thought a terrific case could be made for Walter for ACC Coach of the Year. The Deacons set program records for ACC wins in a season (19), ACC series wins (8) and All-ACC honorees (9). The team also set new season standards in home runs passing the old mark of 90 and strikeouts by Deacon pitchers, leaving behind the old standard of 482 K’s in a season. There were a lot of folks, and I include myself in this group, who wondered how Wake would react to losing two players like Will Craig and Nate Mondou, who both made so many plays for the Deacons during their great careers and consistently produced when the Deacs needed a spark. I’d say they’ve done pretty well thank you very much – but it hasn’t been just one player. It’s truly been a team effort. Much has been made down the stretch about Wake Forest’s home run totals, and rightfully so. But what is really striking is that each player, 1-9 in the order, could take the ball deep. For the first time in program history, Wake had five different players with double-digit home run totals. It had been 16 years since four Deacons hit that many home runs, but in 2017 Gavin Sheets, who also led the nation in RBI’s going into the ACC Tournament with 77, Johnny Aiello, Stuart Fairchild, Bruce Steel and Keegan Maranpot had each watched the ball sail over the fence at least 10 times. And to nearly top that, nine Deacons had hit grand slams. I hope this finds you remembering how the Deacons got to where they are today – still playing. Is this the season Wake makes it back to the College World Series and maybe wins its second-ever national title in baseball? If so, it would be just the third ACC team to win a College World Series. The Deacons would have two. Virginia has one. If not – if between now when I’m writing and your reading the Deacs have been eliminated from postseason play, fear not. Tom Walter has this team back on very solid ground. I don’t have to know where this team is to know where it’s going.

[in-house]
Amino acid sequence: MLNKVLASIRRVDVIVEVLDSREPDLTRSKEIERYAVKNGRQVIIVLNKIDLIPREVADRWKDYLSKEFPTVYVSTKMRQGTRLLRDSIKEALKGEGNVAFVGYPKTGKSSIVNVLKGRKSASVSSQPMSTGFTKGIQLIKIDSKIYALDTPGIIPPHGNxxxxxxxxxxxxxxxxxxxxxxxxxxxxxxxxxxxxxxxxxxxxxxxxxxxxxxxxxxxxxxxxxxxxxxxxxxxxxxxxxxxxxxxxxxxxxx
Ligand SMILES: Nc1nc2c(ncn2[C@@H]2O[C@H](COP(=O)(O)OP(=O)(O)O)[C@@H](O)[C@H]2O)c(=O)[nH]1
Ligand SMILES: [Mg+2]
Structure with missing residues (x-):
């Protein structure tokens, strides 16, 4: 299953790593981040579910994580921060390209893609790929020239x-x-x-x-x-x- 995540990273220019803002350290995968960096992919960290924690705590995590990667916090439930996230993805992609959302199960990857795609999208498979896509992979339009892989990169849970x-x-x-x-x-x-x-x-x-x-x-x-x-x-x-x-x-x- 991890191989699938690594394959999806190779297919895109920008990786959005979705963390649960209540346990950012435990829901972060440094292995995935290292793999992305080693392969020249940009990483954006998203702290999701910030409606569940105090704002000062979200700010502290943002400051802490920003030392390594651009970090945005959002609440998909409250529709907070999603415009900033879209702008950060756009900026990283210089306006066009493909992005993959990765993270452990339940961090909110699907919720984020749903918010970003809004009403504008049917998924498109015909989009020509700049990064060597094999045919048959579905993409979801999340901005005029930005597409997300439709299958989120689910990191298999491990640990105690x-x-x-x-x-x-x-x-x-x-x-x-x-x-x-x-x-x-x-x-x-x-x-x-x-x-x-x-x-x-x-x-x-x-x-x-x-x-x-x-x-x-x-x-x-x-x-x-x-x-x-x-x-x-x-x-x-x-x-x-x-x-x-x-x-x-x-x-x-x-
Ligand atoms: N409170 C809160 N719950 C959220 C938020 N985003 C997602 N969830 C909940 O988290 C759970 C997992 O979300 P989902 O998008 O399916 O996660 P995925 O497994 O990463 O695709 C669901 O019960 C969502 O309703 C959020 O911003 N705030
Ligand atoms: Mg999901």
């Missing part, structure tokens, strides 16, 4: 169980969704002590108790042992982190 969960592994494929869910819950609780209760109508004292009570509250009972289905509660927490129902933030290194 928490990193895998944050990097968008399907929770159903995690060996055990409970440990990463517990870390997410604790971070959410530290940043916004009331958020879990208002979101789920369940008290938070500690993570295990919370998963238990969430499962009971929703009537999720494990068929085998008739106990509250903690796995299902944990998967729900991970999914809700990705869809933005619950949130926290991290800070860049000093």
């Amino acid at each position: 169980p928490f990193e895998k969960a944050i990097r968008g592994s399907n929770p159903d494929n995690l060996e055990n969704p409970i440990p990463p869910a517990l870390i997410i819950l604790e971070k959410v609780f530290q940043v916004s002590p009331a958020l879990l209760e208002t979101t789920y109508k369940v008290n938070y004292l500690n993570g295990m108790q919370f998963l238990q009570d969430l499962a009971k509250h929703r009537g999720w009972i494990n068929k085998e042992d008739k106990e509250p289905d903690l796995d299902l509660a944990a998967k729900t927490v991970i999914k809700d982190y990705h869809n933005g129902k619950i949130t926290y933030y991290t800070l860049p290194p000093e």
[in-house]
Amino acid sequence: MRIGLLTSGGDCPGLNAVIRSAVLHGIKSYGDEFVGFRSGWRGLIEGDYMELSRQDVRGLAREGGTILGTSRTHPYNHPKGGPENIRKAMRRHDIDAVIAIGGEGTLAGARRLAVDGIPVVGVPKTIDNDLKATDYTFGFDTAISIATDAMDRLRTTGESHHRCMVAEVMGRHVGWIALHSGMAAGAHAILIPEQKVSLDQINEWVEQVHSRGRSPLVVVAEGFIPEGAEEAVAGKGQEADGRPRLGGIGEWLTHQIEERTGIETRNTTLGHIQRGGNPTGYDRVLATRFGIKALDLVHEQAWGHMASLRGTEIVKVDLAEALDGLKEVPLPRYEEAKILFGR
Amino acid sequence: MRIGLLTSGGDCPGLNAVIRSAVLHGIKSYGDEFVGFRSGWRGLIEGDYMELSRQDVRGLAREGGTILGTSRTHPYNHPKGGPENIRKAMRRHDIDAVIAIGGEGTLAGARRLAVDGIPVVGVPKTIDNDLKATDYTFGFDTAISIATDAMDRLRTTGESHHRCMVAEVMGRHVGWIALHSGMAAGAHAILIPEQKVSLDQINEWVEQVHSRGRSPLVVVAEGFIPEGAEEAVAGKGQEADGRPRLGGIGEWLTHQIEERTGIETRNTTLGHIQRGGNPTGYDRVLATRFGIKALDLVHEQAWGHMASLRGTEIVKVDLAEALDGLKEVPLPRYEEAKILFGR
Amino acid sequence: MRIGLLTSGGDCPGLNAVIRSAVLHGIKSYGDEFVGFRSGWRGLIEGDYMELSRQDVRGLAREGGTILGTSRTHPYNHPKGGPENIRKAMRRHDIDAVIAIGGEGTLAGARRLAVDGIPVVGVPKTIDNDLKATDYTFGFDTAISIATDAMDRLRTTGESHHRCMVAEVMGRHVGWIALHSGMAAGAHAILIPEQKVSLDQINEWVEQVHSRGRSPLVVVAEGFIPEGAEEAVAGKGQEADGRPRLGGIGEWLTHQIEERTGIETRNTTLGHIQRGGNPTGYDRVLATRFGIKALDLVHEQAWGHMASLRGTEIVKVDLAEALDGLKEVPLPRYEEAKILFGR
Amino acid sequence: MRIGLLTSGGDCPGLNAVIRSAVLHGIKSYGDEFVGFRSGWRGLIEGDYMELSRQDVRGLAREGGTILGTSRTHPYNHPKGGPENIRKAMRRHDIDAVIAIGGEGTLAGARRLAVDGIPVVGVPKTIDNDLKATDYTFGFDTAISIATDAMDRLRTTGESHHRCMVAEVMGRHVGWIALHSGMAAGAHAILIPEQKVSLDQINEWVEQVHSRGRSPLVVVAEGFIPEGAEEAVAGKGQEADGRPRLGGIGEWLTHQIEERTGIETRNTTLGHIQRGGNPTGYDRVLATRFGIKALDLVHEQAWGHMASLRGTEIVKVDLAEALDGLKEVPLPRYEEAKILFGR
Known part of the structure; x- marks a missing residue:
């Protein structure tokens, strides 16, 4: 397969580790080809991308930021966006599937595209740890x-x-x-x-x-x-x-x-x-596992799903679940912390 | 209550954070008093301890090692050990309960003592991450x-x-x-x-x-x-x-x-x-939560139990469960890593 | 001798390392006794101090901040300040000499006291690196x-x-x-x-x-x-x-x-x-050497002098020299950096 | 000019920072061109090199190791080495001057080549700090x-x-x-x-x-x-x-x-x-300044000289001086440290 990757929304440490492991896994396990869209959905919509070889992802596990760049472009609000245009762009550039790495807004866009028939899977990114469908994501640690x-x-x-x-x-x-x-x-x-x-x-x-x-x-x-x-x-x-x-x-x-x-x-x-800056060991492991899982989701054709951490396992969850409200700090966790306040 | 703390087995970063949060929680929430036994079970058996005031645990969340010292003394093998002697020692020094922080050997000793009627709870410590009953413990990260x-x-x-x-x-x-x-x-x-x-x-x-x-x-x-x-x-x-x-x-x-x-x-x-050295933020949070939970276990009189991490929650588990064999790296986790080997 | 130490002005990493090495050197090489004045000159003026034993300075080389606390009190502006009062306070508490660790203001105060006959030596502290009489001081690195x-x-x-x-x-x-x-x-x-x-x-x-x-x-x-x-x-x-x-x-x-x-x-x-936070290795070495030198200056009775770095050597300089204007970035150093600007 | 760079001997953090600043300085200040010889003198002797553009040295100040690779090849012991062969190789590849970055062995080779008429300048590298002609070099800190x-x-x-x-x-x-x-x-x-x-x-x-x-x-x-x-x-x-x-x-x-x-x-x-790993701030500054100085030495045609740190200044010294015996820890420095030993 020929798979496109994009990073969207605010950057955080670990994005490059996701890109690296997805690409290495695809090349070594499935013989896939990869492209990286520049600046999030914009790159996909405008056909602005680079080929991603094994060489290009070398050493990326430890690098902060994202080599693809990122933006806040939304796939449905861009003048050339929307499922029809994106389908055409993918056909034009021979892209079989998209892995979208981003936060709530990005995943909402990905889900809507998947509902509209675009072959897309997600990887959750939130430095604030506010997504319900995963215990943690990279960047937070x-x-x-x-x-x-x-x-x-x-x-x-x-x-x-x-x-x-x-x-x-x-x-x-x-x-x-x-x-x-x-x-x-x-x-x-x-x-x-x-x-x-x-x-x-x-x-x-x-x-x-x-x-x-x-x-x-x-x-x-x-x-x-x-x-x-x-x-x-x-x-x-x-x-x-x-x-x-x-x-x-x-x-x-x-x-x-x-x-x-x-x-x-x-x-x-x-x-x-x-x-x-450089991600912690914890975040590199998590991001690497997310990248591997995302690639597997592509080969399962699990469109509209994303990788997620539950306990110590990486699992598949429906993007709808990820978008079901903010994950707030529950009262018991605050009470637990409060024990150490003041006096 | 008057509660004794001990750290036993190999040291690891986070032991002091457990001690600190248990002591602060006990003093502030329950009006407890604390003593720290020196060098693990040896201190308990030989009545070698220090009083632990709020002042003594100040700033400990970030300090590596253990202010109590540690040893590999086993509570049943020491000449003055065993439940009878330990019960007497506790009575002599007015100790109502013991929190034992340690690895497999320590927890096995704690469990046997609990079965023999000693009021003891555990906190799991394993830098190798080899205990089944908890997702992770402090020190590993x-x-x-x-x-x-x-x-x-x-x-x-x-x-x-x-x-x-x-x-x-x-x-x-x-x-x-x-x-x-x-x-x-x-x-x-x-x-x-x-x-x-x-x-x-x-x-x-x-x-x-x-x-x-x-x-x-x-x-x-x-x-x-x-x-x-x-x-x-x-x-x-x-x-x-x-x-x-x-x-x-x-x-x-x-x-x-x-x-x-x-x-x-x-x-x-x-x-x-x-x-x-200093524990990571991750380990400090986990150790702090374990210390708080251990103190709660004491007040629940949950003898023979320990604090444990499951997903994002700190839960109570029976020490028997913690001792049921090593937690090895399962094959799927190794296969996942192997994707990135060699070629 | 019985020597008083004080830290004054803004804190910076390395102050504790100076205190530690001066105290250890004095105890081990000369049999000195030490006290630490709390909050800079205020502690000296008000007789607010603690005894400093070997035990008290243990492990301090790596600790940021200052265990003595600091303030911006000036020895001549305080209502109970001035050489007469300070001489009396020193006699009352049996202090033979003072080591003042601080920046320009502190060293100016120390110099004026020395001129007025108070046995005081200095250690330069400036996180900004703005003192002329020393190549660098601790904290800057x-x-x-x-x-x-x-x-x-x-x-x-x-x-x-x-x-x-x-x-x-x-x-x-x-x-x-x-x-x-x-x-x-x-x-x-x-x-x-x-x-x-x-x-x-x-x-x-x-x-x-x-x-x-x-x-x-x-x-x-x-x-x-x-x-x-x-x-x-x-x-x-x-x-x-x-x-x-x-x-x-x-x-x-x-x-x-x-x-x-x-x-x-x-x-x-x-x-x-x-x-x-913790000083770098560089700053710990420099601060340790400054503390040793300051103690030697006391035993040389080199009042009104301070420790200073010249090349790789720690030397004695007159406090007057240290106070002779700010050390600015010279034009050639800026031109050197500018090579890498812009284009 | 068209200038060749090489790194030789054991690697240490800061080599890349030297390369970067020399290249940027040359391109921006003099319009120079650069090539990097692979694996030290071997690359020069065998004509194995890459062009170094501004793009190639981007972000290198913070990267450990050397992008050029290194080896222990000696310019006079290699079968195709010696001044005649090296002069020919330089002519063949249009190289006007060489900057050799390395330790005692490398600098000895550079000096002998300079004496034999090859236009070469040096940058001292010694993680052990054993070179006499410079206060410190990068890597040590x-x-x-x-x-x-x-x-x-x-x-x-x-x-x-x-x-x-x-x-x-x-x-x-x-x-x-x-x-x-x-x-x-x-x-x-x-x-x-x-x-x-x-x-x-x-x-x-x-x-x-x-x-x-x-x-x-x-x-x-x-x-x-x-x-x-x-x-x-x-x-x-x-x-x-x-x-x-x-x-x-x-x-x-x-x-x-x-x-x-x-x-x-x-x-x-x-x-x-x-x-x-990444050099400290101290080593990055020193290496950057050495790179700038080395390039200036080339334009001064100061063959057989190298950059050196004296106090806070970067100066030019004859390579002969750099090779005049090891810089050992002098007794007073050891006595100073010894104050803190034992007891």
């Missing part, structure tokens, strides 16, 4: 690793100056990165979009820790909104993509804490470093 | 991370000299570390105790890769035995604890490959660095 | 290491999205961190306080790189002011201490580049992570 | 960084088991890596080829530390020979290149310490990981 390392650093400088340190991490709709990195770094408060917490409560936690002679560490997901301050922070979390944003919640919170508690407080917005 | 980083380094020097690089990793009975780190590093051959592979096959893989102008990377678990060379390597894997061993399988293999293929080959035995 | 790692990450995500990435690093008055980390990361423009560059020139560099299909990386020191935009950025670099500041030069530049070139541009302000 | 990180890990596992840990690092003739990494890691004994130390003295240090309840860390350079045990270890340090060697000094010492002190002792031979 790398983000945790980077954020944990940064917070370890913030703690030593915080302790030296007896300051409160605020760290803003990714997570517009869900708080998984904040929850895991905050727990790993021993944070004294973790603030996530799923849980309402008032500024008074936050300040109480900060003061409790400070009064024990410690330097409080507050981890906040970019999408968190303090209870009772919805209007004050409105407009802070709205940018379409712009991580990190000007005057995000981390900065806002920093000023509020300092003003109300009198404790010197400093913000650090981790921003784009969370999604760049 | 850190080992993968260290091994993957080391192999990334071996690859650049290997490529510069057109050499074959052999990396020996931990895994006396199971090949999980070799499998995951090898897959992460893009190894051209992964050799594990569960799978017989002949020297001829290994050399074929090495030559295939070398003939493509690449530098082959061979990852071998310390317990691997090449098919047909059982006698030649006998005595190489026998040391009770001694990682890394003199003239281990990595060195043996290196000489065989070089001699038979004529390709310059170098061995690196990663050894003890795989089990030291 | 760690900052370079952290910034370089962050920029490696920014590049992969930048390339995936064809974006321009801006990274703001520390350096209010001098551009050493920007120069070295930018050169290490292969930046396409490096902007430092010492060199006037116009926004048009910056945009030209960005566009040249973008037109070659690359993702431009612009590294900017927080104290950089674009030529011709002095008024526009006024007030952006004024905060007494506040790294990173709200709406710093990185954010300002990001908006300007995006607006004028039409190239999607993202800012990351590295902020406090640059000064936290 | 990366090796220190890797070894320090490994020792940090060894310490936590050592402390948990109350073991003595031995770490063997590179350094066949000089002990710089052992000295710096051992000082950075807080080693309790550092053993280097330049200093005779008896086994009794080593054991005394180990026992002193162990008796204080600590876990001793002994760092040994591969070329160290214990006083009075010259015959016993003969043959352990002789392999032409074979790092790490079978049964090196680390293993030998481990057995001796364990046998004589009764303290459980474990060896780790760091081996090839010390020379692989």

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INSIDE THE DEACON CLUB
A Graduation Reflection
BA R RY FA I R C L O T H SENIOR A S S O C I AT E AT H L E T I C DIRECTOR, DEVELOPMENT
In enjoying these warm summer days, it’s hard to believe that it’s already been over a month since Commencement 2017 occurred. Graduation is a thought-provoking time in many ways, not just for the students, but for myself and the staff, as well. While our graduating student-athletes reflect on their overall Wake Forest experiences and look toward the future to determine what the next step in each of their journeys will be, we are also pondering the past and future, just with a slightly different lens. At the Deacon Club, graduation allows us to reminisce about all of the success the graduating class has achieved, both on and off the field, all while looking ahead, not only to determine how to continue Developing Champions and supporting future student-athletes, but also how we will properly engage each graduating class to keep them connected with the Athletic Department and the University as they transition to members of Varsity Club. As these thoughts transpire, however, it is imperative that we don’t lose sight of the achievements of each individual that comprises the class as a whole. The Class of 2017, for example, consisted of 82 student-athletes, each of whom took a different path to get to Wake Forest and has their own story to tell about their experience. It is so easy to get caught up in measuring success solely via wins and losses, but our purpose is so much greater than that. We strive to educate our student-athletes and create successful leaders who will excel in all of